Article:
Sometimes It’s Better to Be Mundane

There is truth and depth in living simplicity.  I dare say, there are some of us who always want more.

Simplicity can be mundane for me.  I have the personality that seeks out adventure and spice in doing my normal routine.  I have successfully broken my normal routine moments throughout my days, my weeks, and my months.  I admit it could be a coping method for feeling inadequate, but alas, I am enjoying myself and my life.

Yet, living some moments and routines in a simple way has been very liberating.  As I have sought to do extravagant prayers for 9 days, or the 30 day prayer, or the search for finding heroic ways in fulfilling my obligations, I have also felt defeated in such practices.  The vicious cycle goes like this: I will start the new prayer and the new task, and fail to be consistent with it.  Then I give up doing anything at all that may resemble an attempt to get back to my resolution.

This obviously leads me to be less in touch God.  As if there was no such way to achieve a balance, I tend to shoot for the extreme opposites.

The following podcast is from a woman who has wrote about finding solice in daily simple prayer.  In her book, Acedia and Me,  she speaks about how our faith can be tested more than we want to believe it is, and in those moments of great testing, we need to do at least something to keep our daily prayer going, and eventually keep the motor of faith oiled up so that it will not rust.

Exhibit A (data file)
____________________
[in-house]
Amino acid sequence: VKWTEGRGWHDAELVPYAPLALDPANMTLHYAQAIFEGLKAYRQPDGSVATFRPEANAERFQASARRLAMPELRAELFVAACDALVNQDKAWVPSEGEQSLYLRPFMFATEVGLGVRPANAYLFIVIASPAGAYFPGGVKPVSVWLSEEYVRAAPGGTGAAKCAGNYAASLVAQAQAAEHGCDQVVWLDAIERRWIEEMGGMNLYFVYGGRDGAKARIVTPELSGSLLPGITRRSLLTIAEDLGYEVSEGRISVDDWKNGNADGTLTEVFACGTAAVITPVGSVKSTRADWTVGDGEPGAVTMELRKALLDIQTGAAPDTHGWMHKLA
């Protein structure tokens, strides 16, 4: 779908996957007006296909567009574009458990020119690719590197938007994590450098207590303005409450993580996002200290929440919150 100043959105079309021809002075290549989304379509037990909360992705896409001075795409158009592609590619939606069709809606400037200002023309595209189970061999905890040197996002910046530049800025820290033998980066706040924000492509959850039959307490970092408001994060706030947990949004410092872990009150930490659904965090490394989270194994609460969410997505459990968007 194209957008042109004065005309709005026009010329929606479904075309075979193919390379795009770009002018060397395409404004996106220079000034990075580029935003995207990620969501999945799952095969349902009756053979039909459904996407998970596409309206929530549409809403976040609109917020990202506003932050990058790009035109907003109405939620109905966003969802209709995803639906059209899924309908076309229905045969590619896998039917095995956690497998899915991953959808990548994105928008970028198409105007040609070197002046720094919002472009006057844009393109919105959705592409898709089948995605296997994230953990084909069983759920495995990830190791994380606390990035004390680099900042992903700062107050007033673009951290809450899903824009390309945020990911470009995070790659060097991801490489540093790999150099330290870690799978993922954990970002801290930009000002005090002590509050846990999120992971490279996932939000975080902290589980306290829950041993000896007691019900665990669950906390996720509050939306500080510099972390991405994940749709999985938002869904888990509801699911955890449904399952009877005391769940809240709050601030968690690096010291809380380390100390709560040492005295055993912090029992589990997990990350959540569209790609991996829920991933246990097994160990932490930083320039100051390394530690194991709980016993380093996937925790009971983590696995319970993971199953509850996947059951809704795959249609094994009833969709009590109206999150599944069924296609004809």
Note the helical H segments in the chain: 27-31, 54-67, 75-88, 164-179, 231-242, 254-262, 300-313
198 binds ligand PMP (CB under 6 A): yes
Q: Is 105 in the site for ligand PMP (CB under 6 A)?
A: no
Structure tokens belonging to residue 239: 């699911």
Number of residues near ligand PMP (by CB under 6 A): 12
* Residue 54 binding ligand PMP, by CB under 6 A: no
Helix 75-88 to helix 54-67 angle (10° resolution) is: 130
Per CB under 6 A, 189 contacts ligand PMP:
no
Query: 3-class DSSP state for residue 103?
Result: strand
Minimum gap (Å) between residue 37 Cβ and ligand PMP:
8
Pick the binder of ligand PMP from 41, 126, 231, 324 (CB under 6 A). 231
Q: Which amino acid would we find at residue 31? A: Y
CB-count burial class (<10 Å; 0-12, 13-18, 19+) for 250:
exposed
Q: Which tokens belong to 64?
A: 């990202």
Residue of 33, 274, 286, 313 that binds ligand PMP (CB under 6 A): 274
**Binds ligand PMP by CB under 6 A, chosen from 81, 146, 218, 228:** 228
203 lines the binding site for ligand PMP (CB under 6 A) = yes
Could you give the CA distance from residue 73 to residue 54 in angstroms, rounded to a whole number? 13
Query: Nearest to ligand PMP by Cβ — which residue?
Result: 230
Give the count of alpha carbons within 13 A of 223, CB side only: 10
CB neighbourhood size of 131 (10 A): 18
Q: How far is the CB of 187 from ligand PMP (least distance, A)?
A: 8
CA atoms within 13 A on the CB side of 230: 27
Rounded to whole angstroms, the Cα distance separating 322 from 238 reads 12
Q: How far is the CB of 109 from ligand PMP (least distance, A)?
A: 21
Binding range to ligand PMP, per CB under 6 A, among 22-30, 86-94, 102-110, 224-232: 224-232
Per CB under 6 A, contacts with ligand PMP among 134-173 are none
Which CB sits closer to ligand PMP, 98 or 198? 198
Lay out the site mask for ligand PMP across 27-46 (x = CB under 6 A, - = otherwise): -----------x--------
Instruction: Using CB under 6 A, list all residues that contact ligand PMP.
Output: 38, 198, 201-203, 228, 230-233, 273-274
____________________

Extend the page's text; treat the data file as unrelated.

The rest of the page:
http://americamagazine.podbean.com/2013/03/25/april-1-2013-podcast-everyday-faith/

  • Daily Prayer (focusedandfree.com)
  • America Magazine: Founded in 1909 by the Jesuit order and directed today by Jesuits and lay colleagues, America is a resource for spiritual renewal and social analysis guided by the spirit of charity.
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3 thoughts on “Sometimes It’s Better to Be Mundane

  1. M.

    CCC 2707 “There are as many and varied methods of meditation as there are spiritual masters. Christians owe it to themselves to develop the desire to meditate regularly, lest they come to resemble the three first kinds of soil in the parable of the sower. But a method is only a guide; the important thing is to advance, with the Holy Spirit, along the one way of prayer: Christ Jesus.”
    further research of topics: Acedia found in paragraphs of the Catechism online (1866, 2094, 2733, 2755):
    http://ccc.scborromeo.org.master.com/texis/master/search/sufs=0&q=acedia&xsubmit=Search&s=SS
    Our Lady, Cause of our joy, help us to pray faithfully, hopefully, and lovingly to your Son!

    Reply
      1. M.

        you’re welcome, thanks for the topics! The Catechism has answers to every problem…and sounds like Sr. Faustina does too…

        THE FRUTIS OF PRAYER (The DIARY of Saint sister Faustina)

        “By prayer a soul arms itself for all kinds of combat. In whatever state the soul may be, it ought to pray. A soul which is pure and beautiful must pray, or else it will lose its beauty; a soul which is striving after this purity must pray, or else it will never attain it; a soul which is newly converted must pray, or else it will fall again; a sinful soul, plunged in sins, must pray so that it might rise again. There is no soul which is not bound to pray, for every single grace comes to the soul through prayer” (Diary 146).

        “We should often pray to the Holy Spirit for this grace of prudence. Prudence consists in discretion, rational reflection and courageous resolution. The final decision is always up to us” (Diary 1106).

        “…a soul should be faithful to prayer despite torments, dryness and temptations; because oftentimes the realization of God’s great plans depends mainly on such prayer. If we do not persevere in such prayer, we frustrate what the Lord wanted to do through us or within us. Let every soul remember these words: And being in anguish, He prayed longer” (Diary 872).

        Pray longer! God will bless you!

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